So we cannot say for sure what was used, but I suspect that it was more likely “special” rather than “ordinary”, put it that way.

      4. No Karl

        I disagree. I am not reading poverty but simplicity into the accoutrements, given everything I know about Jesus of Nazareth.

        A chalice is a post-Resurrection ornate, ecclesiastical goblet, which cannot possibly have been used.

  5. There is a reason why ‘calicem’ is not translated ‘chalice’ in the Acclamation. ‘Cup’ can mean ‘draught’, as in the sentence, ‘Father was so fatigued after Mass that he drank two cups of tea with his digestive biscuit’. In other words, it’s the ‘container for the thing contained’. (James Thurber famously drew attention to its opposite, ‘the thing contained for the container’: ‘Get away from me or I’ll hit you with the milk.’) ‘Chalice’ is never used in that way; you can’t drink a chalice.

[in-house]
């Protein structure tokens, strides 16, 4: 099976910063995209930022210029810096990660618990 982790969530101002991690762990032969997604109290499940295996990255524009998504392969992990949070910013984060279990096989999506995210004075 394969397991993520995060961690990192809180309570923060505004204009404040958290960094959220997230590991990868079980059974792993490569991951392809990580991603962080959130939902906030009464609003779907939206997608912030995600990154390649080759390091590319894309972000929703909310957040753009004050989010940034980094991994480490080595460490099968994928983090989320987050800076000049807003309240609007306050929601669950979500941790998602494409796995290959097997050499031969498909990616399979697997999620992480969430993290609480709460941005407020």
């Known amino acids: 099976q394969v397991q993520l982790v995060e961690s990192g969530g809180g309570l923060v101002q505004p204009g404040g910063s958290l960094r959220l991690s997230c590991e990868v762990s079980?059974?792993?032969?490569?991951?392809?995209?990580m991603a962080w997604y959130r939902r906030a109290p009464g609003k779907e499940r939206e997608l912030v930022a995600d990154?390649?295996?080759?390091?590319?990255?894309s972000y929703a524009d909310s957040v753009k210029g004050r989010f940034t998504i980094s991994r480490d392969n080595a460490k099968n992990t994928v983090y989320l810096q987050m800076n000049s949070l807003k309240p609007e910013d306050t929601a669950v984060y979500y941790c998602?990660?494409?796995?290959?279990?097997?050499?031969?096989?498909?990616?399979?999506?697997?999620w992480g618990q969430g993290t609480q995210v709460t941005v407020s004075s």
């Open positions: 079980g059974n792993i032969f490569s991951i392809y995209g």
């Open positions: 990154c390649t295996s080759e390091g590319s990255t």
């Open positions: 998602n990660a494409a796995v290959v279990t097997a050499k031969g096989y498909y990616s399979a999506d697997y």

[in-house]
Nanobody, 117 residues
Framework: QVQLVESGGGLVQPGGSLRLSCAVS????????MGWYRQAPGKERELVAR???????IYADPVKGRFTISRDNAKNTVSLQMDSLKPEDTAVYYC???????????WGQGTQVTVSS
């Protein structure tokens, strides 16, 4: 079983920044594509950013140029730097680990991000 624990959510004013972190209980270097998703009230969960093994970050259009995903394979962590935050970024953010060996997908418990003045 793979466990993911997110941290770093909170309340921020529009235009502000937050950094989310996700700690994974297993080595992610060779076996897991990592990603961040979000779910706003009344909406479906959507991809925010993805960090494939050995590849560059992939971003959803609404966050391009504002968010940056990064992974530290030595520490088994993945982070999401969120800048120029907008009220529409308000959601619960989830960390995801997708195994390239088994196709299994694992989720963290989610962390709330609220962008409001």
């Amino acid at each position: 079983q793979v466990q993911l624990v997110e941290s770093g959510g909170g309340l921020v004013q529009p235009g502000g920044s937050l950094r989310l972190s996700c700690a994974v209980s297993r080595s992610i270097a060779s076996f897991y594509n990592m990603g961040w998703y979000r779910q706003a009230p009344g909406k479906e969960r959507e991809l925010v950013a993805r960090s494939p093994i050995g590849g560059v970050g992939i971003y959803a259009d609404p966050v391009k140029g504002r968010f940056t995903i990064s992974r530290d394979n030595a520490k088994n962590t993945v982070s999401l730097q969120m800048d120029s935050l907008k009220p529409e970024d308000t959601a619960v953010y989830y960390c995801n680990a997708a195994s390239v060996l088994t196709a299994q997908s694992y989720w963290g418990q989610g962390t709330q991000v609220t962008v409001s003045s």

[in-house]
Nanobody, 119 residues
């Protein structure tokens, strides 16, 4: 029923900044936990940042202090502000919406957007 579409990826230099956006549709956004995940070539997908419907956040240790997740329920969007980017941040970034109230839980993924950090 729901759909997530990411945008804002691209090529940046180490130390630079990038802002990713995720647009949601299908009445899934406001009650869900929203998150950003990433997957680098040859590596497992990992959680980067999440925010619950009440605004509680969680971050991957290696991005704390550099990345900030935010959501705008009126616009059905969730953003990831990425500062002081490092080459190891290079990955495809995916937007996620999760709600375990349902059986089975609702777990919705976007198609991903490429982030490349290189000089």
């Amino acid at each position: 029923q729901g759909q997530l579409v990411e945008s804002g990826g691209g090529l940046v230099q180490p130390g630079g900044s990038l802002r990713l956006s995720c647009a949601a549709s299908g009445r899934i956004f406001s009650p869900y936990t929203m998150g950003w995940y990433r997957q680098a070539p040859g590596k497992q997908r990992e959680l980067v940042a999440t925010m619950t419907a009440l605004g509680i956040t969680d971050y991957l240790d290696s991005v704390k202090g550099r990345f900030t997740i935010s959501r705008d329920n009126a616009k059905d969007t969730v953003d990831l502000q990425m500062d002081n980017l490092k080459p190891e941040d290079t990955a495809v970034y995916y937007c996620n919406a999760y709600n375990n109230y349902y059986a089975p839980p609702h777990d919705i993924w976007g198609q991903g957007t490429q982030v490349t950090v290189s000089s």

1. Interesting analysis. Maybe you’re right, though I have heard people say things like, “there were two chalices left over,” referring to the contents, not the container (presumably all the chalices are left over after Mass, unless someone absconds with them).

    2. “…you can’t drink a chalice.” Are you sure? You could in 1654, when the Anglican Jeremy Taylor wrote in “The Real Pressence” (31): “It is‥as necessary to drink the chalice as to eat the bread, and we perish if we omit either….” (Not that I share his doctrine, of course…”)

  6. Just a relevant personal anecdote:

    In nearly two years of attending numerous classes and workshops of various shapes and sizes, as well as doing as much reading as I can make time for trying to get prepared to help my community through this momentous transition to the new translation, I had not noticed this particular anomalous wrinkle. But when I was in London in August and was thrust into my first actual experience of trying to pray with the new Missal in a communal setting, the disconnect between hearing “chalice” in the Institution Narrative followed seconds later by saying “Cup” in acclaiming the Mystery of Faith was so jarring (so why do we drink “this Cup” if Jesus poured out the Chalice of His Blood — is that doing the same action he commanded or not?), it completely distracted me from “many” vs. “all”!